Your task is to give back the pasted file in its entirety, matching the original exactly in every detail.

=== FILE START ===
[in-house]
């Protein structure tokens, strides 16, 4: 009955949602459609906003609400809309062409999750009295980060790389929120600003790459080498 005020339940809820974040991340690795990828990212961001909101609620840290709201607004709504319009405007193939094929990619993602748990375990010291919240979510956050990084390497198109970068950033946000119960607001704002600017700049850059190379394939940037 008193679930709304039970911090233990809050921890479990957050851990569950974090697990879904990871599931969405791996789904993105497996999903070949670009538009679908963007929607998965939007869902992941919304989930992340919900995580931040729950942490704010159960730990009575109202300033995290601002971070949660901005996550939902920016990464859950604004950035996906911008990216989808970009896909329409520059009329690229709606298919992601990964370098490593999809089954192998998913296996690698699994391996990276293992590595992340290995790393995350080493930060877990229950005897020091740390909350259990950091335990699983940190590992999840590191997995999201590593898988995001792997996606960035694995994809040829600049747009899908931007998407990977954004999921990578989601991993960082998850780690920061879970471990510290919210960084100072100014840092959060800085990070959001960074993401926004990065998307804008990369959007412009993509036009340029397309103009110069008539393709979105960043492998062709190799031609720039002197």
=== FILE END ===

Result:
[in-house]
């Protein structure tokens, strides 16, 4: 009955949602459609906003609400809309062409999750009295980060790389929120600003790459080498 005020339940809820974040991340690795990828990212961001909101609620840290709201607004709504319009405007193939094929990619993602748990375990010291919240979510956050990084390497198109970068950033946000119960607001704002600017700049850059190379394939940037 008193679930709304039970911090233990809050921890479990957050851990569950974090697990879904990871599931969405791996789904993105497996999903070949670009538009679908963007929607998965939007869902992941919304989930992340919900995580931040729950942490704010159960730990009575109202300033995290601002971070949660901005996550939902920016990464859950604004950035996906911008990216989808970009896909329409520059009329690229709606298919992601990964370098490593999809089954192998998913296996690698699994391996990276293992590595992340290995790393995350080493930060877990229950005897020091740390909350259990950091335990699983940190590992999840590191997995999201590593898988995001792997996606960035694995994809040829600049747009899908931007998407990977954004999921990578989601991993960082998850780690920061879970471990510290919210960084100072100014840092959060800085990070959001960074993401926004990065998307804008990369959007412009993509036009340029397309103009110069008539393709979105960043492998062709190799031609720039002197």